Jasper Berens Head of UK Funds at J.P. Morgan Asset Management commented: “J.P. Morgan Asset Management has dedicated much of the last six years to helping financial advisers navigate the challenges created by RDR through the J.P. Morgan Asset Management Academy and several white papers. For this, our latest RDR report, we had some simple goals: to assess the type of advice and services consumers are most willing to pay for; and, in turn, to identify the attributes that advisory firms will need to demonstrate – both to attract fee-paying clients initially and retain their business year-on-year.”

Key findings include:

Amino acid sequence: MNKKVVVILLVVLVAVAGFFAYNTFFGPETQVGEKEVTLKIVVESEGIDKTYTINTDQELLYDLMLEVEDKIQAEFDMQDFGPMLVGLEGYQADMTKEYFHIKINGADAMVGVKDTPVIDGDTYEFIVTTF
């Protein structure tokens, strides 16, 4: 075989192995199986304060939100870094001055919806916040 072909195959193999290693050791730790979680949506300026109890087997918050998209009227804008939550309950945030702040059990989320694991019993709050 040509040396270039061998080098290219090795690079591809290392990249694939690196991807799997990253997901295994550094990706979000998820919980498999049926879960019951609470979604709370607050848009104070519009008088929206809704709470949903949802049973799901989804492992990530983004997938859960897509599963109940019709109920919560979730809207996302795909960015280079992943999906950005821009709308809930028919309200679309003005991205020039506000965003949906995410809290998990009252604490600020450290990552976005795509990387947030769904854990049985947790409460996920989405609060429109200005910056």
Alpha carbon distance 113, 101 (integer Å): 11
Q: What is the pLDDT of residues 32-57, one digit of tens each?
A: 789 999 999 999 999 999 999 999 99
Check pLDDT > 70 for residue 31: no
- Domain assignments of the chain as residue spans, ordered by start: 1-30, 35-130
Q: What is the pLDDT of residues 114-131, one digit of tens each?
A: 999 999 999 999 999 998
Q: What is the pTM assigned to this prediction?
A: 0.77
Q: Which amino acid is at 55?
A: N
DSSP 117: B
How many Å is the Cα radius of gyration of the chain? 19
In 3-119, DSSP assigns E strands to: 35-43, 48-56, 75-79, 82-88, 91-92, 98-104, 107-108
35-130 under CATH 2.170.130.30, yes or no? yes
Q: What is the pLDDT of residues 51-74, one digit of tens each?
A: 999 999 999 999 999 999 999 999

Post-RDR advisory landscape - The report reveals that one in eight (13%) individuals from mass-affluent to high-net-worth households are specifically likely to seek out an ongoing fee-based service. However a further 40% are receptive to task-based advisory services. More than 80% will seek professional advice to some degree – with only 19% wanting to be fully self-directed. £50,000 gross household income is the critical threshold for the UK advice market and among this group, 75% had used an adviser in the past and 85% stated they were willing to use one in the future. Interest in using a professional adviser peaks among individuals with a household income of £150,000 to £250,000.